DARK RAIN: A NEW ORLEANS STORY, Vertigo’s new graphic novel, hit stores yesterday, just a couple of weeks shy of five years since Hurricane Katrina hit New Orleans.
So, I had this whole, big angry diatribe about Katrina planned here, but the more I thought about DARK RAIN, the more sense it made to just skip the preaching. I’m sure you’re all very disappointed. But that sort of thing really isn’t what this book, written by Mat Johnson with art by Simon Gane, is about.
So what is DARK RAIN actually about? Well, it’s a story about a bank heist, yes. It’s a race-against-time crime thriller, sure.
But it’s really about people who could easily be you or me. Save for a tough break here and there. It’s about their hopes, their pain and joy, their dignity.
So just as Mat and Simon’s story pays tribute not only to the spirit of the human beings who endured Katrina, but to the human spirit itself, I’d like to pay my own small tribute to the people who bring you this book.
Of course, it all starts with Mat. Since he wrote INCOGNEGRO, he and I had been looking for a new graphic novel to work on together. Mat’s never short of good ideas, but when he sent me a brief proposal, at the time titled “Congo Square” (after the New Orleans location often thought of as the birthplace of African-American music), I knew we’d found the one. Just the concept hooked me: two guys desperate to get in to New Orleans at the same time everyone else is desperate to get out.
To bring Mat’s story to the page, we needed an artist who understood that the city of New Orleans was as much a character in this story (now titled DARK RAIN) as the characters themselves. Simon Gane jumped to mind quickly. When Simon drew an earlier Vertigo series called “The Vinyl Underground,” he brought a moody realism and depth to the city of London. That was the quality I was looking for. But Simon is, himself, English. Could he do for a uniquely American city like New Orleans what he’d done for London?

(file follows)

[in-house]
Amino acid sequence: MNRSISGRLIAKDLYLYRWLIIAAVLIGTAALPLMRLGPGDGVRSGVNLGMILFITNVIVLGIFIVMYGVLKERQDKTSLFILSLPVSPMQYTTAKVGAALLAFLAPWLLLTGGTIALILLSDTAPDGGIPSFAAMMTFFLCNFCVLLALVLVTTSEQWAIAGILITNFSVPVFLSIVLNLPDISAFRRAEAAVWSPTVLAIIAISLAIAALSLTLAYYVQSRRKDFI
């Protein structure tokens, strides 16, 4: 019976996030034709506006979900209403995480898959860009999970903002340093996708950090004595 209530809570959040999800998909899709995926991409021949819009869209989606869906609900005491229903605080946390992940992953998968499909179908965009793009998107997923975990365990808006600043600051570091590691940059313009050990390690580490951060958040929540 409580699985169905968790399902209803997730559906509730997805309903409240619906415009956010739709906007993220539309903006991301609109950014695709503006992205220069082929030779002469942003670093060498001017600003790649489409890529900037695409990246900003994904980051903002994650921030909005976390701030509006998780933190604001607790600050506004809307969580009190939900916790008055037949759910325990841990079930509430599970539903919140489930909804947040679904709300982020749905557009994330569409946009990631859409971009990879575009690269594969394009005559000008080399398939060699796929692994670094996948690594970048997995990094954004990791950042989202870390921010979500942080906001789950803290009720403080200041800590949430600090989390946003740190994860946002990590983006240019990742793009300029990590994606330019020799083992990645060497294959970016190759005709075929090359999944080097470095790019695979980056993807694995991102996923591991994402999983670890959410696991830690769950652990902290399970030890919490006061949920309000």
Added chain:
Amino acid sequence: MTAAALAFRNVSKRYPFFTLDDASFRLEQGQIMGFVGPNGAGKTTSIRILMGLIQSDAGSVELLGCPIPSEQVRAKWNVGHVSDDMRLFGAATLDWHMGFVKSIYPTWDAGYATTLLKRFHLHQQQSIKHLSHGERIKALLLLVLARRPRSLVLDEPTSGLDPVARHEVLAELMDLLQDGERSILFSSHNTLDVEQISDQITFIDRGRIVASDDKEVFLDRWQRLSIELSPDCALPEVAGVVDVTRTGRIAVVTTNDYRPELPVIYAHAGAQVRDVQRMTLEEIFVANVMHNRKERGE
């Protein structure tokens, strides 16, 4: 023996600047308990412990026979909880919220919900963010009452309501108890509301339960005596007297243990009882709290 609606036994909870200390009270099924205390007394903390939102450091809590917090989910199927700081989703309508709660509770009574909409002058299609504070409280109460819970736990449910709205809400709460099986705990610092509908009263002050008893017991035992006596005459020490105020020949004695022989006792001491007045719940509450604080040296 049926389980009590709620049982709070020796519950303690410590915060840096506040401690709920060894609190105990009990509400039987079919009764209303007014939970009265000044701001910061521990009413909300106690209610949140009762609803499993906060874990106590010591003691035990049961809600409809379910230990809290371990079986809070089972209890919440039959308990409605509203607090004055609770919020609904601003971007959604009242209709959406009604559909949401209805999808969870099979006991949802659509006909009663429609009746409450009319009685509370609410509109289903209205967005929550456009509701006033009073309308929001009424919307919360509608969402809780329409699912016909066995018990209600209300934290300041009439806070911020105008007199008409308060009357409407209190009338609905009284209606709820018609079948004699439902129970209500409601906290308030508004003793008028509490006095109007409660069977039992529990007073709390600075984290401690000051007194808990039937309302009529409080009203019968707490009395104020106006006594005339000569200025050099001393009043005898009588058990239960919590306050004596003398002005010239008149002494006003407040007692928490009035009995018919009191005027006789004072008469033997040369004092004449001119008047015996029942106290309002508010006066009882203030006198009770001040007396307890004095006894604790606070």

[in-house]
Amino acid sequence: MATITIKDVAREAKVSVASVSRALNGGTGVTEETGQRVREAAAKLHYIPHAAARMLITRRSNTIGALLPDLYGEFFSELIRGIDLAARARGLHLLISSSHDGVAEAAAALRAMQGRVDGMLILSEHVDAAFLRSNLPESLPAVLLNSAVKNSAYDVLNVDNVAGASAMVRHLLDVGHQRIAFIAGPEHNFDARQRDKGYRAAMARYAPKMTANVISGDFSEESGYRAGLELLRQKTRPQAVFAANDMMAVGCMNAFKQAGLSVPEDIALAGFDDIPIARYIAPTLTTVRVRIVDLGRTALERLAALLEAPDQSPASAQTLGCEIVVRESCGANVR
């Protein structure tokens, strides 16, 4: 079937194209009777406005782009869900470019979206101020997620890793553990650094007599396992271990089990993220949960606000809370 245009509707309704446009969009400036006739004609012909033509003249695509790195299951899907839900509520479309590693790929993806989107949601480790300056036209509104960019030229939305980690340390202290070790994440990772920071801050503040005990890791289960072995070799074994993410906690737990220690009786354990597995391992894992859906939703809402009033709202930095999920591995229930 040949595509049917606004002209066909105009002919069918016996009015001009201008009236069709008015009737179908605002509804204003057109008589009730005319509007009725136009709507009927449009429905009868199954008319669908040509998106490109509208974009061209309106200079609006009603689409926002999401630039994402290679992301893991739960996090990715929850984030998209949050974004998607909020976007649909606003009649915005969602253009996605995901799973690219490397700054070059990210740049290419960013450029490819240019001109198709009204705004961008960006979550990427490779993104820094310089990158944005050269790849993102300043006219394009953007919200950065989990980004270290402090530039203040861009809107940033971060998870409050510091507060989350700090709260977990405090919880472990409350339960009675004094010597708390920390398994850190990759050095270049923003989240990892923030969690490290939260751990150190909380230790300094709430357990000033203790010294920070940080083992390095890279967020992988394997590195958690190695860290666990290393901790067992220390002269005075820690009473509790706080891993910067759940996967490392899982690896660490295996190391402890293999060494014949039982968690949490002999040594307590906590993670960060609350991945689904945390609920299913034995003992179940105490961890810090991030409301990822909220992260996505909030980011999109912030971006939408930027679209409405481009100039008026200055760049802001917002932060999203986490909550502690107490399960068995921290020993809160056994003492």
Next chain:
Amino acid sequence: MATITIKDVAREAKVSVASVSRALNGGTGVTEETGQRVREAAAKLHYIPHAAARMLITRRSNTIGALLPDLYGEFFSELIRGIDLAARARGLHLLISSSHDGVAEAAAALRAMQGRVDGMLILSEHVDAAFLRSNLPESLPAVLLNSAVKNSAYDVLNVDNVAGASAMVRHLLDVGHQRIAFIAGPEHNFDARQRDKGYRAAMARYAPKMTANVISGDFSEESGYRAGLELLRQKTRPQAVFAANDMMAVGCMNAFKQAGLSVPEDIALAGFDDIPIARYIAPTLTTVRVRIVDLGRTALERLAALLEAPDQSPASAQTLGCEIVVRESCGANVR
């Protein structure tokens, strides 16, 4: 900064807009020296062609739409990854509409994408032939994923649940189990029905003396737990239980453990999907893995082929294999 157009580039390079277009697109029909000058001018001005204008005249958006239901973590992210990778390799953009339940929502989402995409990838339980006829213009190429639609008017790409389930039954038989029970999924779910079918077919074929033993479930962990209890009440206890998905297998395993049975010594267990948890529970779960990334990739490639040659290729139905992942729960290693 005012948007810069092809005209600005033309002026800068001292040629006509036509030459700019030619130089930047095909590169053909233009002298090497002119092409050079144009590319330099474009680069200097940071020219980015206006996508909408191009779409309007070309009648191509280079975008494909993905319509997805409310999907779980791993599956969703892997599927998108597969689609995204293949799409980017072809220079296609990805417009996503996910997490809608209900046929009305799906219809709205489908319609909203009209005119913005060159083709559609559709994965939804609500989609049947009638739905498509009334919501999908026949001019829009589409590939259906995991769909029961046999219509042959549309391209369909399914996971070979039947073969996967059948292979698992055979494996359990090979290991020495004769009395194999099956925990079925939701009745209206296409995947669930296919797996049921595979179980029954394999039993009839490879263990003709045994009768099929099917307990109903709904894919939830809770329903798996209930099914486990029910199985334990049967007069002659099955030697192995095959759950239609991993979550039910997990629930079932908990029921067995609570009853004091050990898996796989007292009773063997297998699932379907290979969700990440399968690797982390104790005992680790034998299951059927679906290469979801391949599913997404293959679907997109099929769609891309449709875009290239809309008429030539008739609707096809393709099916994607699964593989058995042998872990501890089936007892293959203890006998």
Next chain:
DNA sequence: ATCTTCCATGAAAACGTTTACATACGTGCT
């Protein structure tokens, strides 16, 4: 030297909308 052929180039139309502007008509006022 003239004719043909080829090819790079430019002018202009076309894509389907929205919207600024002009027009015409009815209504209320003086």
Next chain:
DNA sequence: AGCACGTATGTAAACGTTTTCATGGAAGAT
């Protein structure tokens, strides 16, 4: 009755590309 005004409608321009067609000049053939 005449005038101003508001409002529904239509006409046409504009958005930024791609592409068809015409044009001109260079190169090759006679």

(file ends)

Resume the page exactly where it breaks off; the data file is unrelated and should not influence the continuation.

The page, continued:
He allayed my concerns when he volunteered to fly to New Orleans and experience it for himself. And he did. And it shows.
Mat and Simon had some brilliant collaborators. Lee Loughridge gave extra depth and dimension to Simon’s artwork with gray tones and (at the inspired suggestion of Karen Berger) blue tones as well. This is a book about water after all. Pat Brosseau lettered the book with the same flair that he’s brought to such Vertigo books as THE QUITTER, THE ALCOHOLIC and THE EXTERMINATORS. Finally, Art Director Louis Prandi and Cover Designer Nessim Higson and fashioned a book jacket that evokes the perfect sense of foreboding, desperation and hope conveyed by Mat’s writing and Simon’s art. And Vertigo's own Sarah Litt kept the whole operation running on schedule, among many other crucial tasks.
Not unlike what it took (and continues to take) to bring New Orleans back, it took a community of people to bring this book to you.
Somewhere along the line, there may even have been an editor involved.
So there you go. 100 percent diatribe-free. As it should be, because the book that Mat, Simon and the rest of the crew have created will stand on its own, on this fifth anniversary of Hurricane Katrina and for much longer, as a reminder that we can never give up the hope that exists inside us all, even in the most desperate days.